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Impact of obesity on COVID-19 outcomes

Last updated 11-05-2020

As the impact of COVID-19 continues to be felt around the world, this page provides links to emerging evidence that suggests obesity may be a risk factor for becoming seriously ill with the virus. Unlike other pages on the hub, this page is not a synthesis of the evidence, rather it is a central place to source relevant studies. Studies showing links between obesity and hospitalisation, critical illness, use of mechanical ventilation and death are provided below. These studies may not have been evaluated for their quality (how methodologically sound), given the evidence is at an early stage.


  • This letter to the editor discusses evidence from the H1N1 influenza pandemic showing that people with obesity represented a large proportion of those hospitalised and who were seriously ill and died. It cautions the likely similarities with COVID-19 and discusses the significance of this for the U.S with its high rates of obesity (Dietz and Santos-Burgoa, 2020)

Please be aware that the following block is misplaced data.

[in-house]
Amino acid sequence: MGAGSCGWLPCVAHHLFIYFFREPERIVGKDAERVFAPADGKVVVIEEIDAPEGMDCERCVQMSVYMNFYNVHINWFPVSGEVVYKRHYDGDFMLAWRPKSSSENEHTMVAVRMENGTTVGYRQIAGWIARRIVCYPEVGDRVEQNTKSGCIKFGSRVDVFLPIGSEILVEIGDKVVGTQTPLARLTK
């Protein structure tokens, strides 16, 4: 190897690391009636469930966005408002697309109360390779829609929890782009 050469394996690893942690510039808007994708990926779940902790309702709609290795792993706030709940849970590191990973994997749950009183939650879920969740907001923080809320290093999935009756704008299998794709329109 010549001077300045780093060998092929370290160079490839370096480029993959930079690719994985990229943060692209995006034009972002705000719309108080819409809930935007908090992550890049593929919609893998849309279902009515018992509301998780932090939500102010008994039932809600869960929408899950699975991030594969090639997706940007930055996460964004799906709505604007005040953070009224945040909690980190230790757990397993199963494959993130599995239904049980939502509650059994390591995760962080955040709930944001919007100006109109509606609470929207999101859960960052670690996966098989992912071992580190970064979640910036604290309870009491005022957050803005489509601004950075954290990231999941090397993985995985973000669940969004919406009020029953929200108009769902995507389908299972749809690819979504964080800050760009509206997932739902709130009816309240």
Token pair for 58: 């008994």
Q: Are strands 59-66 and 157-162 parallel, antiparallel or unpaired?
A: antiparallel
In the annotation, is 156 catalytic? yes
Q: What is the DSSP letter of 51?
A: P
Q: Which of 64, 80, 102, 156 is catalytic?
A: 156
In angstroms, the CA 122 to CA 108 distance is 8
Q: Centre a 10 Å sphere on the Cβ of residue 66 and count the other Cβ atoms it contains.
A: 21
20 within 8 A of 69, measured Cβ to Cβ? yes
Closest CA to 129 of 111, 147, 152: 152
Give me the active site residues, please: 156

Hospitalisation/critical illness

Mechanical ventilation

  • This study of 124 patients admitted to intensive care in a French hospital with COVID-19 found a high frequency of obesity and disease severity increased with body mass index (BMI). The need for invasive mechanical ventilation was associated with severe obesity (Simonnet, Chetboun et al, 2020)


  • An analysis of data from 112 COVID-19 patients with cardiovascular disease admitted to hospital in China included 15 patients who were overweight or obese. The BMI of those admitted into ICU were higher than those that were not admitted to ICU and overweight/obesity was more prevalent among non-survivors than survivors (Peng, Meng et al, 2020, abstract only in English)